Wayne Shorter - Footprints: The Life and Music of Wayne Shorter

Wayne Shorter
Footprints: The Life and Music of Wayne Shorter

(Columbia/Legacy)

First Appeared in The Music Box, December 2004, Volume 11, #12

Written by John Metzger

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Most anthological compilations tend to avoid traversing the varied, circuitous, back-road excursions of artists whose careers have been as wildly eclectic as Wayne Shorter’s, and as a result, these collections completely fail to capture the full breadth of their subjects’ influence. Refreshingly, the new, two-disc, career retrospective Footprints: The Life and Music of Wayne Shorter doesn’t shy from exploring these diversions, and while 2 ½ hours of material doesn’t begin to scratch the surface of Shorter’s most essential moments, it does provide a stunningly rich portrait of a brilliant musician and composer. Presented almost entirely in chronological order, the set touches briefly upon his early days with Art Blakey and the Jazz Messengers via the swinging strut of Lester Left Town. It also provides a mere peripheral examination of Shorter’s stellar Blue Note recordings, presenting only the lyrical beauty of Speak No Evil and the ruminative gracefulness of Infant’s Eyes. From his time with Miles Davis comes a quartet of groundbreaking selections (E.S.P., Footprints, Nefertiti, and Sanctuary), which furnish a cursory glimpse at the development of fusion, while the material plucked from his days with Weather Report further highlights Shorter’s playfully adventurous spirit through a series of world-beat rhythms and heady grooves. The remainder of Footprints delves into the saxophonist’s pop incursions with Steely Dan (Aja) and Joni Mitchell (The Dry Cleaner from Des Moines), his experiments with synthesizers and drum programming during the ’80s, and a few more recent selections (such as his reunion with Herbie Hancock on Aung San Suu Kyi and a three-year old concert rendition of Masquelero). Despite the almost mind-boggling diversity of the material, however, the juxtaposition of styles is surprisingly seamless. Although it should have been an insurmountably impossible task to condense a career that has spanned half of a century into a manageable collection, the songs on Footprints: The Life and Music of Wayne Shorter were so well chosen that they successfully do just that. While there always will be better representations that focus upon specific segments of Shorter’s work, there likely never will be another collection that is as concise and complete as this. starstarstarstar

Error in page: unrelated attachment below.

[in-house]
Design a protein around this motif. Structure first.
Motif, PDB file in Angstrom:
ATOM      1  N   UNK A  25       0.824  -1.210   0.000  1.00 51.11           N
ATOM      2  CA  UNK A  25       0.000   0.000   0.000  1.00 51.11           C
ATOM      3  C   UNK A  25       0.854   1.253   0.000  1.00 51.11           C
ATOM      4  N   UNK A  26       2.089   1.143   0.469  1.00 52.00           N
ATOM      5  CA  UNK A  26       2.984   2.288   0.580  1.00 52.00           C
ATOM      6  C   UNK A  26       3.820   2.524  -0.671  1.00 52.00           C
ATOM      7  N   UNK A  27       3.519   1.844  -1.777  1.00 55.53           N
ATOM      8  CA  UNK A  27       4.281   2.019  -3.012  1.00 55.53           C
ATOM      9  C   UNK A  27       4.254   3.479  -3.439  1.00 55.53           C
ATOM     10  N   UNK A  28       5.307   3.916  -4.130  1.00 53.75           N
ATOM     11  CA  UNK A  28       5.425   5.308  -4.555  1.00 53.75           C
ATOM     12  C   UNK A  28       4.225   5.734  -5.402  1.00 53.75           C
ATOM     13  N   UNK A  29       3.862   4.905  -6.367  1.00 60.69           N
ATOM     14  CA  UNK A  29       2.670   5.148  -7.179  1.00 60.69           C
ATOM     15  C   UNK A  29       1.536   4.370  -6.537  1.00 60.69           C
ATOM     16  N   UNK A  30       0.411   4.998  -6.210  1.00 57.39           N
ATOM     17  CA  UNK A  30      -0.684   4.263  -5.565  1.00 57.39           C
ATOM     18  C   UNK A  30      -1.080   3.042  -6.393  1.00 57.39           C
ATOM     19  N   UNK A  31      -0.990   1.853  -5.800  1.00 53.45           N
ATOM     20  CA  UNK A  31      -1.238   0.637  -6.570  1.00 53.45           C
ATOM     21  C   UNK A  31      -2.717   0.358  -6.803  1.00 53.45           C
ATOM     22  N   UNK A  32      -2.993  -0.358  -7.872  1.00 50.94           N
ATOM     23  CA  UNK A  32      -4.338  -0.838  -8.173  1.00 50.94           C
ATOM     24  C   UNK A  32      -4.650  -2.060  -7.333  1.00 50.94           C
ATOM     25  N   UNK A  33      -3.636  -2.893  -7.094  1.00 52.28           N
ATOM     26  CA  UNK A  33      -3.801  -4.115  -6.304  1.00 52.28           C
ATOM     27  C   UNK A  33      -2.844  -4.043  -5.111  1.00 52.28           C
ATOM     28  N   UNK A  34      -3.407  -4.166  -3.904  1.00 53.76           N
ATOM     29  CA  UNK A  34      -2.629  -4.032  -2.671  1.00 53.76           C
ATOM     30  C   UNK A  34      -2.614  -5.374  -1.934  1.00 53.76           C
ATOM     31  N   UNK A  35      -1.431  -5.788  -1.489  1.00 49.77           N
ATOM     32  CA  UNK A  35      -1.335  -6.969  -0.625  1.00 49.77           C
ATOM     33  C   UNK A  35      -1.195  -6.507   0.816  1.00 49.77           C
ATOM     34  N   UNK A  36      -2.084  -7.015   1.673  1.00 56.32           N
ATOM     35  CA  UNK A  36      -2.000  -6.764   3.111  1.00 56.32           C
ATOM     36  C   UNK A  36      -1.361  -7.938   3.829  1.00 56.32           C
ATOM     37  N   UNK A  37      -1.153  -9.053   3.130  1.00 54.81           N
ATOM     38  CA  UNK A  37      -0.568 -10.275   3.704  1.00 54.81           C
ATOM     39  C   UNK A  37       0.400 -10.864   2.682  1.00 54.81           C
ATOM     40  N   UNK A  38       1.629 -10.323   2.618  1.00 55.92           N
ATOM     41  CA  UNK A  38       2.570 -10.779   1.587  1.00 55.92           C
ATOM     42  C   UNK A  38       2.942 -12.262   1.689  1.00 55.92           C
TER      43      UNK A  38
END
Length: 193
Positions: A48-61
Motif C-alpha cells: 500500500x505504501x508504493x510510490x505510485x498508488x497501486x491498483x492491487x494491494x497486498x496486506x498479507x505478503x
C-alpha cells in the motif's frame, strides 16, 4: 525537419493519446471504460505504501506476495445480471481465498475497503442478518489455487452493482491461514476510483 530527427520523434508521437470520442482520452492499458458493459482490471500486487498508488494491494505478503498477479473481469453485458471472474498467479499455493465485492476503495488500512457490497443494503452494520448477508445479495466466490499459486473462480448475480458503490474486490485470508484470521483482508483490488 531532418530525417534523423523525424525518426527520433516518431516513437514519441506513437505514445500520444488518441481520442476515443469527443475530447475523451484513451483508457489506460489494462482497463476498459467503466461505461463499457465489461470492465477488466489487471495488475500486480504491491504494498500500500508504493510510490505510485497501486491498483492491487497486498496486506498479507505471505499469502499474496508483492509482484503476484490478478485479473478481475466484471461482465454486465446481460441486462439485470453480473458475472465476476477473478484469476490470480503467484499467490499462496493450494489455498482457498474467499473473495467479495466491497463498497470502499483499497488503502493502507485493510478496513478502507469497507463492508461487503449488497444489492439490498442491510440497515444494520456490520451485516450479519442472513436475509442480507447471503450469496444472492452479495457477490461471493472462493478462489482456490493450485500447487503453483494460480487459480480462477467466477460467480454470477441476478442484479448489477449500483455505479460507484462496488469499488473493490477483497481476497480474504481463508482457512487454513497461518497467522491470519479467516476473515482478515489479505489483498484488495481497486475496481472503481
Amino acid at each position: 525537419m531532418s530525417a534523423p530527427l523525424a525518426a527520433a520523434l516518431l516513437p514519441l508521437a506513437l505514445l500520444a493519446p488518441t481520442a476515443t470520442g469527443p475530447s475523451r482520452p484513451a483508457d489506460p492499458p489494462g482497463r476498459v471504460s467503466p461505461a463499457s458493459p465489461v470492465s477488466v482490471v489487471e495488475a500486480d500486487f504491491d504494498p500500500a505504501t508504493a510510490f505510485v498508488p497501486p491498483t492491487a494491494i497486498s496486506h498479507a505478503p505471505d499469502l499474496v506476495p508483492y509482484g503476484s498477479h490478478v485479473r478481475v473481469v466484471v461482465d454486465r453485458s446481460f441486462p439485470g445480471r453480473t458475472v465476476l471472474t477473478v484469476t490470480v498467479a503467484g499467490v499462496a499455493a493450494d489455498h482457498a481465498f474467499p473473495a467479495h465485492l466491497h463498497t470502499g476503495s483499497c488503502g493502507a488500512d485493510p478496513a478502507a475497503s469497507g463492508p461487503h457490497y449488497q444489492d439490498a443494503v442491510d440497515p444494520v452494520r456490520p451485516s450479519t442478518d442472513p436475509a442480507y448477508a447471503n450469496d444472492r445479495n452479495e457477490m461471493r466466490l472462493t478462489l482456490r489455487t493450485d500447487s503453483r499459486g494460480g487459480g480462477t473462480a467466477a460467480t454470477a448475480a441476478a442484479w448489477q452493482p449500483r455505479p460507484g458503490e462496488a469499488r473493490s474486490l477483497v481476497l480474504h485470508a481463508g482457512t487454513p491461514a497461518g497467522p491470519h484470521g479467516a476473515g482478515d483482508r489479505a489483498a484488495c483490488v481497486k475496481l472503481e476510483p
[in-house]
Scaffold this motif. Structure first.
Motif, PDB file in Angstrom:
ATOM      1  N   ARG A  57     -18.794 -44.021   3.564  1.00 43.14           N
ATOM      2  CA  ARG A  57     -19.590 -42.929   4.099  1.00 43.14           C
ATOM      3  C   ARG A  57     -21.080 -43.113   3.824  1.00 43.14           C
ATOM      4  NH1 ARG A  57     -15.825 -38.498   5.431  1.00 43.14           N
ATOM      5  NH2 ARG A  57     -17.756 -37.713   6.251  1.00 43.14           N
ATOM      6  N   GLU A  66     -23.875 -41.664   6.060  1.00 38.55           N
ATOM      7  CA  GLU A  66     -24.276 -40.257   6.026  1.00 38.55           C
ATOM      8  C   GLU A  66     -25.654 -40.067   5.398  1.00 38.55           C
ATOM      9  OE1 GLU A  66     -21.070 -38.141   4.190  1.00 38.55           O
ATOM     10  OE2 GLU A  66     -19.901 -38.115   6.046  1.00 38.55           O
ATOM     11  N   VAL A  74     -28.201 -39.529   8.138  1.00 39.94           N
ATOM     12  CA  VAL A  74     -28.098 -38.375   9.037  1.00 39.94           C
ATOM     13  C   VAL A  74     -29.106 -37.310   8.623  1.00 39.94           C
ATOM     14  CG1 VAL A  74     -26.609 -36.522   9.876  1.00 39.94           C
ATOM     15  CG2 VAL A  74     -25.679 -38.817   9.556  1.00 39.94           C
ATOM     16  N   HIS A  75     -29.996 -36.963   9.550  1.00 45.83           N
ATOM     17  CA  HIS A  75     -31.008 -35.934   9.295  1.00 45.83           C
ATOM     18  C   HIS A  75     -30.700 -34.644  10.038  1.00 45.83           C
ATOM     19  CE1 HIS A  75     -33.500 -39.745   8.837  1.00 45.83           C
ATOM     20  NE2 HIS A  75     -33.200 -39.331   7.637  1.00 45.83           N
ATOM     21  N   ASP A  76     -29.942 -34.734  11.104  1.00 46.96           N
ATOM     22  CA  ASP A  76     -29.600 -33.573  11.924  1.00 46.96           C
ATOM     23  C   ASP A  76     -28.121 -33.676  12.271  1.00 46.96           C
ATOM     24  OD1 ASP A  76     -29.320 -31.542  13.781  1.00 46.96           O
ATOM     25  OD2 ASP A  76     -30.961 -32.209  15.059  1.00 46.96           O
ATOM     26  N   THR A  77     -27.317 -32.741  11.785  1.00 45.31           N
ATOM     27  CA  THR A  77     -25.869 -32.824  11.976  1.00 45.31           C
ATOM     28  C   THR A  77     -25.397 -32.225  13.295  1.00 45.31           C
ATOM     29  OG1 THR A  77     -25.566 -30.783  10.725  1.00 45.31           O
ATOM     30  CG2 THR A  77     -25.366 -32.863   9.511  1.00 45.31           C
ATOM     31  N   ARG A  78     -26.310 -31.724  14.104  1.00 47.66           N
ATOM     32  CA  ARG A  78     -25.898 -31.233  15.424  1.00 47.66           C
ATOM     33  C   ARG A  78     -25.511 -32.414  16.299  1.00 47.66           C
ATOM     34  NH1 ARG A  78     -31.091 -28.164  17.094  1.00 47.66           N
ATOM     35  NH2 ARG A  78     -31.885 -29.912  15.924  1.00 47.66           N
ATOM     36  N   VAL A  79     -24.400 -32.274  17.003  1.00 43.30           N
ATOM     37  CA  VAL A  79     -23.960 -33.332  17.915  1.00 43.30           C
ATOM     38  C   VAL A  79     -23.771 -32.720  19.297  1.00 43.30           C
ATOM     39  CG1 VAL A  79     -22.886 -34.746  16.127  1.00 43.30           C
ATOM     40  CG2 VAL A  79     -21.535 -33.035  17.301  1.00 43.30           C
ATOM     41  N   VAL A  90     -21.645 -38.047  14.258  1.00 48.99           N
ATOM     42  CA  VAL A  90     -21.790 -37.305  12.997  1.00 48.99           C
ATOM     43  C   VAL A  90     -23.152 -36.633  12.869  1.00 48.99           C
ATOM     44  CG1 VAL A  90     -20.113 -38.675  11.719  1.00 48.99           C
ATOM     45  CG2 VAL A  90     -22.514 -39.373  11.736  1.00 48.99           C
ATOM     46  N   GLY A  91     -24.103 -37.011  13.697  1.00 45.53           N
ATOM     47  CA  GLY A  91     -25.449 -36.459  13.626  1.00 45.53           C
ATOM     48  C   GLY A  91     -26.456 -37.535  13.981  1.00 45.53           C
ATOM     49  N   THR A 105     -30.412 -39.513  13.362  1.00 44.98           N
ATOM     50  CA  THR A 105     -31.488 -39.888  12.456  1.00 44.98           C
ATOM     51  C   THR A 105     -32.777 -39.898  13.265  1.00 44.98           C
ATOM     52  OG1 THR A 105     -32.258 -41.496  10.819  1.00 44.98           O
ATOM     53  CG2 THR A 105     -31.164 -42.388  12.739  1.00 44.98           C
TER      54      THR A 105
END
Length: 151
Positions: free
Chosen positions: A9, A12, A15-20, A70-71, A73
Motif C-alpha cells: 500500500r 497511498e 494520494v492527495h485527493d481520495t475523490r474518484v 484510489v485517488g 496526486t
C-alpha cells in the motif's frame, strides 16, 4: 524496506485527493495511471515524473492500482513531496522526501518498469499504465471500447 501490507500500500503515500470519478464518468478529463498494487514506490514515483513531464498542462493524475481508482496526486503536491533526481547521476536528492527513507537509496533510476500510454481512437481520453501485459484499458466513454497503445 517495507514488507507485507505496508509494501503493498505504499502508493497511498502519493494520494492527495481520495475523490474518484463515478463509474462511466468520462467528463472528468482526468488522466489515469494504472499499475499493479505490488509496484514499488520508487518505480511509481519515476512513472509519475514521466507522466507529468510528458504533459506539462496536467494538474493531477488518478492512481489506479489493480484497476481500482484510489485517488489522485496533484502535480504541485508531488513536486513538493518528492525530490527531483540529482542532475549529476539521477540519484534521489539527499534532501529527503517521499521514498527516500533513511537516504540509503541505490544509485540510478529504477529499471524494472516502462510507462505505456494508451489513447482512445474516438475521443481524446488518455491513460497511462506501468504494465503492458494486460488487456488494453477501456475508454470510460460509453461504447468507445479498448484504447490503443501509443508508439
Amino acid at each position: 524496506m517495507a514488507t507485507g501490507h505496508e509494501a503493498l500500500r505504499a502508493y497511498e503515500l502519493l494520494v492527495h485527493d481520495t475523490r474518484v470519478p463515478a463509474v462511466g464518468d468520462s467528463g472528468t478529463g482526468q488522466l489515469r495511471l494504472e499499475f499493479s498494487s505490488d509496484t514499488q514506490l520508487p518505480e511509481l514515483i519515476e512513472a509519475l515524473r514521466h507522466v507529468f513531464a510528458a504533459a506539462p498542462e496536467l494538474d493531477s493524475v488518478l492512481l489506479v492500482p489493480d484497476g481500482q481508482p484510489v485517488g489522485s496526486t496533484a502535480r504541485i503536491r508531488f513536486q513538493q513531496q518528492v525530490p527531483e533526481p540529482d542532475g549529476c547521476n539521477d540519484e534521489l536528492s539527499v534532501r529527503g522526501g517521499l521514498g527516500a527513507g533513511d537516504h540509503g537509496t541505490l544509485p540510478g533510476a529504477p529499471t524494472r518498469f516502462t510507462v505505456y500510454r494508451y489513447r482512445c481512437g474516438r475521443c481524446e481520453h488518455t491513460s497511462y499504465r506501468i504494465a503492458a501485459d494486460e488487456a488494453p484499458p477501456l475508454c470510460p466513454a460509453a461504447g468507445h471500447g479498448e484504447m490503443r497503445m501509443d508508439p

Footprints: The Life and Music of Wayne Shorter is available from
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Ratings

1 Star: Pitiful
2 Stars: Listenable
3 Stars: Respectable
4 Stars: Excellent
5 Stars: Can't Live Without It!!

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Copyright © 2004 The Music Box